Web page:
Microsoft Forms for Education
So just a little over a month ago, Microsoft released it’s latest app, Forms, into it’s ever-expanding array for the ‘Office365 for Education’ platform. MS Forms was developed as a result of feedback (via a form?!) from various educators who were looking for an easy way to collect simple data, produce quizzes and be able to analyse student progress. Initital impressions from users suggests that MS have delivered a neat product indeed!
So let’s take a closer look. Forms is currently still in it’s infancy and hence it’s not yet been fully rolled out. Keep an eye on the “waffle” (that grid of tiny squares in the top corner of Office365) for it’s imminent release:
So until then, users with an education account for Office365 can access forms via it’s preview site: https://forms.office.com
Once logged in, you are presented with a really clean and very intuitive interface.
The design allows for forms/quizzes to be created very easily and within a matter of minutes. There are a few themes to choose from to personalise each form too. Forms can be restricted to either your organisation, or it can be made public. If it’s restricted to your organisation, then users must log into Office365 before they will be allowed to fill out the form. This of course means that the submissions will not be anonymous – though, results are only seen by the creator of the form. Conversely, if the form is set to be public, then users are able to fill in the form without having to log into Office365 and hence the submissions are completely anonymous.
Forms can be sent to users via a URL, email, QR code or embedded into a website – all of these are auto-generated via the Form itself. Responses are seen instantly by the Forms’ creator, although at this stage there is no email notification to say a response has been received. Instead, the creator needs to log back into the Forms site to see the response. Forms also allows an Excel document to be created with the results. Very handy if users wish to create graphs with the results obtained.
On the whole, it looks like a very good tool to have as part of the Office365 suite. I can definitely see many teachers adopting it as way of generating some really quick tests for their pupils.
Although I’ve only had a very quick 30mins with this, there are 2 issues that jump out initially with a form set for public access:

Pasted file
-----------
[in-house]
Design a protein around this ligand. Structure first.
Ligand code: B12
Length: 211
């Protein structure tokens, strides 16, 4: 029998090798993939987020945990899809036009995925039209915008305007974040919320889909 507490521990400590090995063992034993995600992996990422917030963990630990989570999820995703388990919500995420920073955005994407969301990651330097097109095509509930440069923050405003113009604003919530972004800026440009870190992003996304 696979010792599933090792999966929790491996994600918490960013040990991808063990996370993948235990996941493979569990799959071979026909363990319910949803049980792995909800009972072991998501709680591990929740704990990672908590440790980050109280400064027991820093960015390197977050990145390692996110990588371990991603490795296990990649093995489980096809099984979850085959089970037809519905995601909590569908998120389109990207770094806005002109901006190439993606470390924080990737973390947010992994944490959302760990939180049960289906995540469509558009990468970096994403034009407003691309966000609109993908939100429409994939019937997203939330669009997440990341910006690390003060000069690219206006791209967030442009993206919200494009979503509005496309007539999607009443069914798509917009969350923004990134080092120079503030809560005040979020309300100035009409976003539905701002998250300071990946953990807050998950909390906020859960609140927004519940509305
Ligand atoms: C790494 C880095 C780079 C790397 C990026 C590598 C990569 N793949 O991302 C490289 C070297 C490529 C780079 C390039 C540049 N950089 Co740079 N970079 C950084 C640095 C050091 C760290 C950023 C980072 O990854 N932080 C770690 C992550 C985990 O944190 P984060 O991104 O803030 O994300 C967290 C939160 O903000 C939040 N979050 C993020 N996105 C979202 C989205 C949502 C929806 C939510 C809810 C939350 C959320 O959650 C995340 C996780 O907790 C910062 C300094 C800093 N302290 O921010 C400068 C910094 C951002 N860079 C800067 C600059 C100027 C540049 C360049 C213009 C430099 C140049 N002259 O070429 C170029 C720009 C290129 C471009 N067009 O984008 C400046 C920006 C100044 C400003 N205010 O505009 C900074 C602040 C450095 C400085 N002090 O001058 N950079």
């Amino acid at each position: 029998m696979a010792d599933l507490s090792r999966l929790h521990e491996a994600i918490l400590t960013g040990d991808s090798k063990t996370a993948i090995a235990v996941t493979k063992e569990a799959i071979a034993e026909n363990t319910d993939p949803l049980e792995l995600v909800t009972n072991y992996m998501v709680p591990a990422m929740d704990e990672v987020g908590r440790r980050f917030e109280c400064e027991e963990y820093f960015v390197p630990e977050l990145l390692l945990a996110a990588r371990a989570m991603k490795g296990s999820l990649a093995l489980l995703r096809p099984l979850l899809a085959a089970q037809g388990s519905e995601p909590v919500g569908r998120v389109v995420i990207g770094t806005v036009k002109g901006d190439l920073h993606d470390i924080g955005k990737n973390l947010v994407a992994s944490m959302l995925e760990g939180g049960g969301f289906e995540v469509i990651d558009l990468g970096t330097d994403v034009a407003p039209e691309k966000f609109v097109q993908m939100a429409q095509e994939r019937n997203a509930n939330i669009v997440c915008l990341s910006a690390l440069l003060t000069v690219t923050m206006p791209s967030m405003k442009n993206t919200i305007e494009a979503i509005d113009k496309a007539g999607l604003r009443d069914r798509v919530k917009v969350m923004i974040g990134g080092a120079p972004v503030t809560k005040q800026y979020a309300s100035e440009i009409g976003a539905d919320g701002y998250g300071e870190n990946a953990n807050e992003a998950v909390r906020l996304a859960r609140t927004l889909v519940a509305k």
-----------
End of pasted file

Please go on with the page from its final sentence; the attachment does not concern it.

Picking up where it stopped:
- The lack of a Captcha feature – if the form is set to public, the lack of a Captcha will leave the form open to abuse.
- The method of tracking responses is via the number of answers, and not the number of users who have submitted.
Just to illustrate that 2nd point a little further, here is an example.
Above, we can see 3 respondents. The first user “ICT Support” signed into Office365 before opening the form, hence they have no anonymity. The 2 subsequent submissions were done anonymously. One would think the “ID” column represents the order in which they submitted their form. I certainly did…partly because that’s the order I’d done the test submissions in! But then this happened:
Question 6 was optional, and only the 3rd user filled the answer in, yet, the ID is shown as 1 and not 3 (as I would have expected). If the ID was based on the user (and not the answer), this would allow tracking the “optional” responses more dynamically. So in this example, Mr Berry had filled out the optional question – if this ID was number 3, then all questions which had answers with ID 3 could have been collated together so that Mr Berry’s overall feedback could be discussed with him.
If MS can sort these 2 little niggles then I think this would have been a very solid addition to Office365. My test form is at the bottom of this blog for anyone interested in what the embedded form looks like or wanted to have a play too. Anyone who submits the form will be added into the fictional prize draw to win the non-existent iPad mini, too! Good luck!